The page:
Breaking barriers to healthier lifestyles
By Roxana Chiriac
On the first full day of the MOVE Congress 2014, the participants heard good examples of how better nutrition and physical education can lead to a healthier lifestyle, from very experienced speakers, during the Healthy Lifestyles parallel session 2.
During the session, the good practice examples came from Italy and England, all with targeted actions channelled towards moving their communities.
Andrea Vannuci, assessor of Sport Firenze, gave an Italian insight on the efforts to encourage healthy lifestyles among citizens, stressing that “walking is the right way to healthy aging”. Therefore, Walking People (WAP) and “Firenze, the walking city”, with 97 kilometres walkable paths in the historical and most attractive parts of the city, is one of the projects that aims to combine the tourism and health perspective.
Valerio Neri, the CEO of Save the Children Italy, brought another relevant point on the table of good practices. Following the worrying results in Italy about the level of poverty among children, with more than 1 million children in absolute poverty, a high number of these children find themselves obese, due to bad nutrition. What Save the Children Italy is doing is advocating on the benefits of physical activity in the schools that the children are attending. Their research has proven that this technique works and improvement has been seen, with little to no relapse in the groups targeted.
A familiar project was Active Parks, from Birmingham, where Steve Bedser and Leanne Gregory presented a follow up of their pilot project, started in 2013 – 2014. The project started after the need to make a change in the worrying numbers of inactive citizens in Birmingham (26% obese citizens and 80% inactive). With only 5 parks involved in the beginning, the number increased to 50 parks and open spaces, and people have been more active than ever before. The target group are people that would not normally go to a gym or fitness club, because of the financial situation or because they feel they do not fit in due to their ethnic backgrounds.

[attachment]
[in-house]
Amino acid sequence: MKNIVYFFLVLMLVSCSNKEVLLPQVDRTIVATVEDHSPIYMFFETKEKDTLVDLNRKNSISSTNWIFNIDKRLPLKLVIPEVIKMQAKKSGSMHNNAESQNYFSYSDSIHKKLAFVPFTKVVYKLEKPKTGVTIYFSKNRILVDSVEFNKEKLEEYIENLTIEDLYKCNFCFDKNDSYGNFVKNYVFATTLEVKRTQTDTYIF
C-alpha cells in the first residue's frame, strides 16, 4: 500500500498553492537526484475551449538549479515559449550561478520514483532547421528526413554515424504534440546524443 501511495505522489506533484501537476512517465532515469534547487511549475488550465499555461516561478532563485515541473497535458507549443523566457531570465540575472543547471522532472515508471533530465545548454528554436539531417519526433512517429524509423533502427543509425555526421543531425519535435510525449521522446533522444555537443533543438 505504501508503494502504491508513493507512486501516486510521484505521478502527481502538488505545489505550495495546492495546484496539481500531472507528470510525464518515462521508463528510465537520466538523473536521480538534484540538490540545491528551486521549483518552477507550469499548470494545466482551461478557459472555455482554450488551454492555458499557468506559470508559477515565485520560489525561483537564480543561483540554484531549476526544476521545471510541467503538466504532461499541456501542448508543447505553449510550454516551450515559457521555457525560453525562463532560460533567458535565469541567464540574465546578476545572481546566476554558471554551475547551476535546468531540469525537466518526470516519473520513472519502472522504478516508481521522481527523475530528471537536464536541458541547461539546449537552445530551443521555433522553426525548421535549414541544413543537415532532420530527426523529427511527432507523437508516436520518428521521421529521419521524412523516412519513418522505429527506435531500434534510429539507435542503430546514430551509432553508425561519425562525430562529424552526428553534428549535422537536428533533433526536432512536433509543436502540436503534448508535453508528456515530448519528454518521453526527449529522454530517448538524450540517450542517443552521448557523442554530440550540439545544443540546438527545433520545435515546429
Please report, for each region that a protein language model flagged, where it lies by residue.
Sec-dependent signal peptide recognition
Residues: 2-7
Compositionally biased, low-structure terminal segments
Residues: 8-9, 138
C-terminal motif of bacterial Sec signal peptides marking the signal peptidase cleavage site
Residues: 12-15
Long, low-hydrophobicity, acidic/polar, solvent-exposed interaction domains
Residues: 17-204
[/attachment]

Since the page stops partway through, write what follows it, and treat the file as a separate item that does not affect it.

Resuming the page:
An important aspect was mentioned by Steve Bedser during his speech, which is an important barrier that prevents people from being physically active:
“In a city like Birmingham, the fundamental barrier to participation is cost, and that is why we took a bold move, even in a time of austerity, to remove cost as a barrier, so one of our underlined principles, is free participation. But the investment to make it free is nothing compared to the savings that it will bring.”
In fact, for every 1 pound invested, 21 pounds are gained in return. The whole idea of the Active Parks Birmingham project is to “bring people together to have fun, to connect with one another and enjoy their open spaces”.